There Will Be Blood Soundtrack tracklist
01. Open Spaces (4:00)
02. Future Markets (2:44)
03. Prospectors Arrive (4:40)
04. Eat Him By His Own Light (3:36)
05. Henry Plainview (4:14)
06. There Will Be Blood (2:08)
07. Oil (3:04)
08. Proven Lands (4:49)
09. HW / Hope of New Fields (2:29)
10. Stranded the Line (2:20)
11. Prospectors Quartet (2:56)
(*Original tracklist had "10. Smear (9:58)" and no 11th track)
Watch: Jonny Greenwood, Thom Yorke and & Nazareth Orchestra - "Arpeggi"
Remember the gangster magnum opus "The King of New York" starring Christopher Walken, Laurence Fishburne and Wesley Snipes? Turns out sweaty, cantankerous cretin Abel Ferrara is planning a prequel to his 1990 ahead-of-its-time classic.
Ok, this isn't exactly new, we admit. The low-life malcontent director announced his intentions on making this film ages ago, but like any good Ferrara film, financing usually takes a couple of years.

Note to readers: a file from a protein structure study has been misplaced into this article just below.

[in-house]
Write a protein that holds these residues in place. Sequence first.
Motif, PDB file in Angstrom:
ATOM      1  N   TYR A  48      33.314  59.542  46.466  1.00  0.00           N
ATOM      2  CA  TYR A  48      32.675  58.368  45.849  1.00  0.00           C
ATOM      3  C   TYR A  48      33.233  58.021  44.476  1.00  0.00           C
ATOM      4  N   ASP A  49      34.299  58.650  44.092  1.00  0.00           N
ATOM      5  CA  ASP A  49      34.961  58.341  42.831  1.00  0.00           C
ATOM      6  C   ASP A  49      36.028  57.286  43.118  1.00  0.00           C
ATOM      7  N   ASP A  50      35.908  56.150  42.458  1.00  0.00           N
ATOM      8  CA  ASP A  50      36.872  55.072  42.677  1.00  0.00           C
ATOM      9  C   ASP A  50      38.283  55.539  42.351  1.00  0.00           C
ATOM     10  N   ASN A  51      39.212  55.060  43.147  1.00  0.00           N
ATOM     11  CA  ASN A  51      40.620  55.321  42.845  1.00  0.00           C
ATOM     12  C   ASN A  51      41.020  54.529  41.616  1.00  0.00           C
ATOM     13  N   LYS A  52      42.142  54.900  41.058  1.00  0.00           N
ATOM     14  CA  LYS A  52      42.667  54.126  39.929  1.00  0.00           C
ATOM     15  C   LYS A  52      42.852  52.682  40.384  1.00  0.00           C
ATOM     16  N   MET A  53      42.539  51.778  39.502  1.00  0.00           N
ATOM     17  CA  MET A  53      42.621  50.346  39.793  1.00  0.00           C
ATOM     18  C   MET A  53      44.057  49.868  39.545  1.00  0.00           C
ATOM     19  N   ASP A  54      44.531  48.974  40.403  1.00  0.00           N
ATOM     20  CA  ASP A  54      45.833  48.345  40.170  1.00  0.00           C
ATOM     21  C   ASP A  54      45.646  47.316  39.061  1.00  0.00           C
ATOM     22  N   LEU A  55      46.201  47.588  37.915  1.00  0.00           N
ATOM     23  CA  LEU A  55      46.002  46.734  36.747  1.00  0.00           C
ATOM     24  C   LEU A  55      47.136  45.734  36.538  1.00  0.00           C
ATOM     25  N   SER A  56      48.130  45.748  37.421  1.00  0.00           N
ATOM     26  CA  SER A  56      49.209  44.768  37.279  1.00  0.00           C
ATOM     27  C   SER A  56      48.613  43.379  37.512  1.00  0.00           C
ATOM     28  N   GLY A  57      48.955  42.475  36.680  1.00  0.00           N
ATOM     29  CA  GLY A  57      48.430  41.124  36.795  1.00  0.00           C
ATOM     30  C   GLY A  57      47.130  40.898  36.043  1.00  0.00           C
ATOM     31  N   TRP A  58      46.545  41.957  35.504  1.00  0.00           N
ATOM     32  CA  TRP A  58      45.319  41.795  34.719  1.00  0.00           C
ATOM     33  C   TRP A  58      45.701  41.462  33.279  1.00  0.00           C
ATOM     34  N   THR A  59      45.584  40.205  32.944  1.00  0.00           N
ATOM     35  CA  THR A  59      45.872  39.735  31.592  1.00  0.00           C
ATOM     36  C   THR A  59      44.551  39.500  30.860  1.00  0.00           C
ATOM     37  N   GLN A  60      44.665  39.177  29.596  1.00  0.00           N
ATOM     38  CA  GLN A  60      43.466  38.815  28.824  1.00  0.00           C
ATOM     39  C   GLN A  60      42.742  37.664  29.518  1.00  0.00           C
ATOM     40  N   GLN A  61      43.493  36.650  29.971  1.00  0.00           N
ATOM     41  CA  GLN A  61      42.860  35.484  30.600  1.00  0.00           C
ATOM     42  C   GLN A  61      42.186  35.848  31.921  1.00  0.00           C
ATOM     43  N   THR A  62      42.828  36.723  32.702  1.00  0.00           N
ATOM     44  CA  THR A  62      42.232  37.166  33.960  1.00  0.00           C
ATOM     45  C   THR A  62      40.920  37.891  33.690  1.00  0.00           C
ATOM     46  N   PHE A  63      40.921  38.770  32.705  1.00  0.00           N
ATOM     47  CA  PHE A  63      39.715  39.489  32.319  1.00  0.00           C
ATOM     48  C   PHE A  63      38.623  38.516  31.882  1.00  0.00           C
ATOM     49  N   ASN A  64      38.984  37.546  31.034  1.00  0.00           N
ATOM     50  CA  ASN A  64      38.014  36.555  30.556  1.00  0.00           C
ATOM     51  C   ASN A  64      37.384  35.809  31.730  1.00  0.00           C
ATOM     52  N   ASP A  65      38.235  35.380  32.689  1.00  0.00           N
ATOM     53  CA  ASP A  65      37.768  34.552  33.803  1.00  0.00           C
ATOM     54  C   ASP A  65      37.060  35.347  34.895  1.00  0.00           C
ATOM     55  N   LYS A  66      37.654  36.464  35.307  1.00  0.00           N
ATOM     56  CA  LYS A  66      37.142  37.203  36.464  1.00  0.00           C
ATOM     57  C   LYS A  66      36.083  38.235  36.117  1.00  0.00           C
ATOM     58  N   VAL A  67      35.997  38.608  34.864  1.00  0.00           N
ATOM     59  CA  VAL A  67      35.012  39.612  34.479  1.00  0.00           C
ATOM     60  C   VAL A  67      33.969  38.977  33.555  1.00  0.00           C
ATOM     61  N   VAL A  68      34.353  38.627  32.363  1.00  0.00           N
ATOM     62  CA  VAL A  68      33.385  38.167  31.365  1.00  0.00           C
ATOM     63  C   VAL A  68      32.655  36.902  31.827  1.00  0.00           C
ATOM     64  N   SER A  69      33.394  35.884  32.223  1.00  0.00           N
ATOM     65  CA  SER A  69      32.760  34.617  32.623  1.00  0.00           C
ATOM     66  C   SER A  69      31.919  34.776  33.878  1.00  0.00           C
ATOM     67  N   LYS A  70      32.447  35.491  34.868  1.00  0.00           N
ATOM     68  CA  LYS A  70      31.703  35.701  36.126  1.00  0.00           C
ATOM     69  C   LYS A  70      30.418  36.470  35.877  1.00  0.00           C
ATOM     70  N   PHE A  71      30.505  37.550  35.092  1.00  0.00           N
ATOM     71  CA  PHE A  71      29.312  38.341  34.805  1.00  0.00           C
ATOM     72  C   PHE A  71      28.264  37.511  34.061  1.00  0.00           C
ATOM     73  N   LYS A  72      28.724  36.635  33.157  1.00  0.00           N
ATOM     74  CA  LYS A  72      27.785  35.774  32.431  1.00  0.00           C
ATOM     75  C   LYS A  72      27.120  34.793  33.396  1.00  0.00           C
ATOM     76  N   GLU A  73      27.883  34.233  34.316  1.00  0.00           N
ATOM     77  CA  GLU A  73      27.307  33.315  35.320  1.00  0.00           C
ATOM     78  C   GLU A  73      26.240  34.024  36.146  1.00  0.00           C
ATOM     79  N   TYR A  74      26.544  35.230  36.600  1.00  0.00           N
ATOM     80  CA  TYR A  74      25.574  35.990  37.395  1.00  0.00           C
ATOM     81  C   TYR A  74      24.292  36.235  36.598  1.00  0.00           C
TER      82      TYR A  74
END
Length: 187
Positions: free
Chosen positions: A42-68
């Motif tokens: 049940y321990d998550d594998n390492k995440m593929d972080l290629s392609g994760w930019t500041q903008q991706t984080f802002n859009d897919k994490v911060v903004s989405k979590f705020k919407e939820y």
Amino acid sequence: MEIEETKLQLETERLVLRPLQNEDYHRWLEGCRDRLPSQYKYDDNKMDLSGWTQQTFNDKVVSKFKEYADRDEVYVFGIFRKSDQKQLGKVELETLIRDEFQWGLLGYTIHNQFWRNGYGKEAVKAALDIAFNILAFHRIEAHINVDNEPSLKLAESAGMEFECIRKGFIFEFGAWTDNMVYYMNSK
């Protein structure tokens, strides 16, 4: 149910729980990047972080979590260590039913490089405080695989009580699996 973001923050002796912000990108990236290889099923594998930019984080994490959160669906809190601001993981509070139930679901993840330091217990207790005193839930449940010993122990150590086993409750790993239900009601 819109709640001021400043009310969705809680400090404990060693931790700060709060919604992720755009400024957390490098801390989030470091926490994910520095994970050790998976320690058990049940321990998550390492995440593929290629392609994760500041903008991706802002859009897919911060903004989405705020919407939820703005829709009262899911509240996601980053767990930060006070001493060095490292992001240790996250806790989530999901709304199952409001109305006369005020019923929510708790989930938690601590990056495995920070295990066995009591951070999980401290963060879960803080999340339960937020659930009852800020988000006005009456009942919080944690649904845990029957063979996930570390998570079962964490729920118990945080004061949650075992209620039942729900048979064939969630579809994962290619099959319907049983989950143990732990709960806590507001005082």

Titled, "The Last Crew," (or "Pericle il Nero" depending on which online source you trust) and set in the '70s Ferrara - who is promoting his new stripper T&A film, "Go Go Tales" - talked about the film recently to Paper Magazine (according to IMDB Michael Pitt is one of the actors attached).
Ok, he didn't say much other than indicating that it typically doesn't have money behind it yet, "I can't wait to get started. When the money starts coming faster we'll start envisioning it more clearly," he told Paper mag succinctly.
And it's the first he's said of it in a while. As for recording commentary for his own films like 'King,' he said, "Those things are a joke but the pay is good sometimes. It's like watching home movies -- there's Nicky, Uncle Victor, that kind of thing."
As for "Go Go Tales," you'll remember that naked cliche/provocatress Asia Argento makes out with a Rottweiler in the film. Other film highlights include Matthew Modine banging on a toy piano and scat-singing while his miniature fox terrier straddles a pole and Pras from the Fugees microwaving "free range hot dogs."